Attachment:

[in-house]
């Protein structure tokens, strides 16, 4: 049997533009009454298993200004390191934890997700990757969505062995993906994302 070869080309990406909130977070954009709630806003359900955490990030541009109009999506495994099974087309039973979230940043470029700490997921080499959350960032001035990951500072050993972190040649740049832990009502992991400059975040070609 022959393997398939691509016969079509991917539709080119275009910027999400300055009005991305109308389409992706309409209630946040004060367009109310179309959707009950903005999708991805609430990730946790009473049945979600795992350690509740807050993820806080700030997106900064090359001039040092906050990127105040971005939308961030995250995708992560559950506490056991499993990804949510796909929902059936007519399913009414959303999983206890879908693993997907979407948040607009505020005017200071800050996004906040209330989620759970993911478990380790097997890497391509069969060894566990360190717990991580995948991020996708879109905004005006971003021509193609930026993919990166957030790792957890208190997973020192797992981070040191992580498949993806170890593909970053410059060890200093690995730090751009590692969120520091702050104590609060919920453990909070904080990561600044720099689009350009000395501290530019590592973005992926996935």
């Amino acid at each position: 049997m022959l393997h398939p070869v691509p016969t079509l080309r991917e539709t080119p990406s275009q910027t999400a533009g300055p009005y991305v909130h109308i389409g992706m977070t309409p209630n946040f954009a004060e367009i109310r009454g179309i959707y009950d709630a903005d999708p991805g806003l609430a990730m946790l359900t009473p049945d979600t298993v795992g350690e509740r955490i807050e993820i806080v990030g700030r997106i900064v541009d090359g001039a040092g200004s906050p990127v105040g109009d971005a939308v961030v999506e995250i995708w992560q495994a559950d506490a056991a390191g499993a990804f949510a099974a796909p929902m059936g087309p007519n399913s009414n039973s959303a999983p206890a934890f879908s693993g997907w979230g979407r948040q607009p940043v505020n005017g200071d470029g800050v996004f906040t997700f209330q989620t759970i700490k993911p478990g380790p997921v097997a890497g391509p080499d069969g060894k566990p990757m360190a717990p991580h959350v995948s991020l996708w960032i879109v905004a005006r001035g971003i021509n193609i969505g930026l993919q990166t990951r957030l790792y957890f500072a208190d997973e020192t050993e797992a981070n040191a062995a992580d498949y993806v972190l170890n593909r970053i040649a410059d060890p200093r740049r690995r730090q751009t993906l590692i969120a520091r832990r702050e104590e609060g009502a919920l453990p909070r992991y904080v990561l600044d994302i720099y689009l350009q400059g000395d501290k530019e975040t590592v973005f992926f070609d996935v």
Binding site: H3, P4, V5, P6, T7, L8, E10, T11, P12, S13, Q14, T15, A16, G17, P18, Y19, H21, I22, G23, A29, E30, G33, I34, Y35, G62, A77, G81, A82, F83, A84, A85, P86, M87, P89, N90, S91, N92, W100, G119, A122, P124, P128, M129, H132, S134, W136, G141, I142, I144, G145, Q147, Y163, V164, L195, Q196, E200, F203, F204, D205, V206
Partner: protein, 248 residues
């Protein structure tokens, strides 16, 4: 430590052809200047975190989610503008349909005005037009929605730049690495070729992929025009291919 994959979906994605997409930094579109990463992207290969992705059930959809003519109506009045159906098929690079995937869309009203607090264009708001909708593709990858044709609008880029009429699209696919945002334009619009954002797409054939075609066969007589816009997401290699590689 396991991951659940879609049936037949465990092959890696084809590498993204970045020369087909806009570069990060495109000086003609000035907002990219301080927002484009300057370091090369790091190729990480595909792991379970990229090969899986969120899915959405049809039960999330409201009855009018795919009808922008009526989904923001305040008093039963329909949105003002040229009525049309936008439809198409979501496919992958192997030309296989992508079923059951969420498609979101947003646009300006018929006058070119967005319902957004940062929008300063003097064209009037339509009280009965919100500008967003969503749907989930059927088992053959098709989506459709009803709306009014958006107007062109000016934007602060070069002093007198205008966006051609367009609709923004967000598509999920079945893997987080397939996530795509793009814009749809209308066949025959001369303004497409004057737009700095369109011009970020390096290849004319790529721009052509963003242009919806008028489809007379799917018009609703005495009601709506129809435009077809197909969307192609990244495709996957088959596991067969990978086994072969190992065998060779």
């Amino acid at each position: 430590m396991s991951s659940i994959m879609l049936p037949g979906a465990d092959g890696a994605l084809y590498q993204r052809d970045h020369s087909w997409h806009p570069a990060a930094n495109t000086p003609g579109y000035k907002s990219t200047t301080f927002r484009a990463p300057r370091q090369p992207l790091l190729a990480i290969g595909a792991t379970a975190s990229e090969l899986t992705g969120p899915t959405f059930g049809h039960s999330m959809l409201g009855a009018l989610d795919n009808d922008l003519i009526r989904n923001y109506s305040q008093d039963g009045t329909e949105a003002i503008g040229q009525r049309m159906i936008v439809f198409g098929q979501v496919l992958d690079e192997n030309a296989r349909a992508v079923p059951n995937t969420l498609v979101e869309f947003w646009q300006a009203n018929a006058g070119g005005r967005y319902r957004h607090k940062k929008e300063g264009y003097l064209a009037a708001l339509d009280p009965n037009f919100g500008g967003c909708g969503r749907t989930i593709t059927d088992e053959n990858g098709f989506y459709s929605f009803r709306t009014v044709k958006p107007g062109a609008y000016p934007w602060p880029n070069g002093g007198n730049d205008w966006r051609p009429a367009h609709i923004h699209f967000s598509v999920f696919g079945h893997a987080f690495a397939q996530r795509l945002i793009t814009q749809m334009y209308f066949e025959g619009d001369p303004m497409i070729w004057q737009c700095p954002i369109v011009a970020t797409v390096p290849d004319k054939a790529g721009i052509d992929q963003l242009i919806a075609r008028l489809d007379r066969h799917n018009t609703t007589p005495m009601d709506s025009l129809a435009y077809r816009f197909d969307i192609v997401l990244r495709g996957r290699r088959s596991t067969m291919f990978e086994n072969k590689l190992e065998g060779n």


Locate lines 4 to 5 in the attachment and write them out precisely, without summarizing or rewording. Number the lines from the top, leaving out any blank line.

Binding site: H3, P4, V5, P6, T7, L8, E10, T11, P12, S13, Q14, T15, A16, G17, P18, Y19, H21, I22, G23, A29, E30, G33, I34, Y35, G62, A77, G81, A82, F83, A84, A85, P86, M87, P89, N90, S91, N92, W100, G119, A122, P124, P128, M129, H132, S134, W136, G141, I142, I144, G145, Q147, Y163, V164, L195, Q196, E200, F203, F204, D205, V206
Partner: protein, 248 residues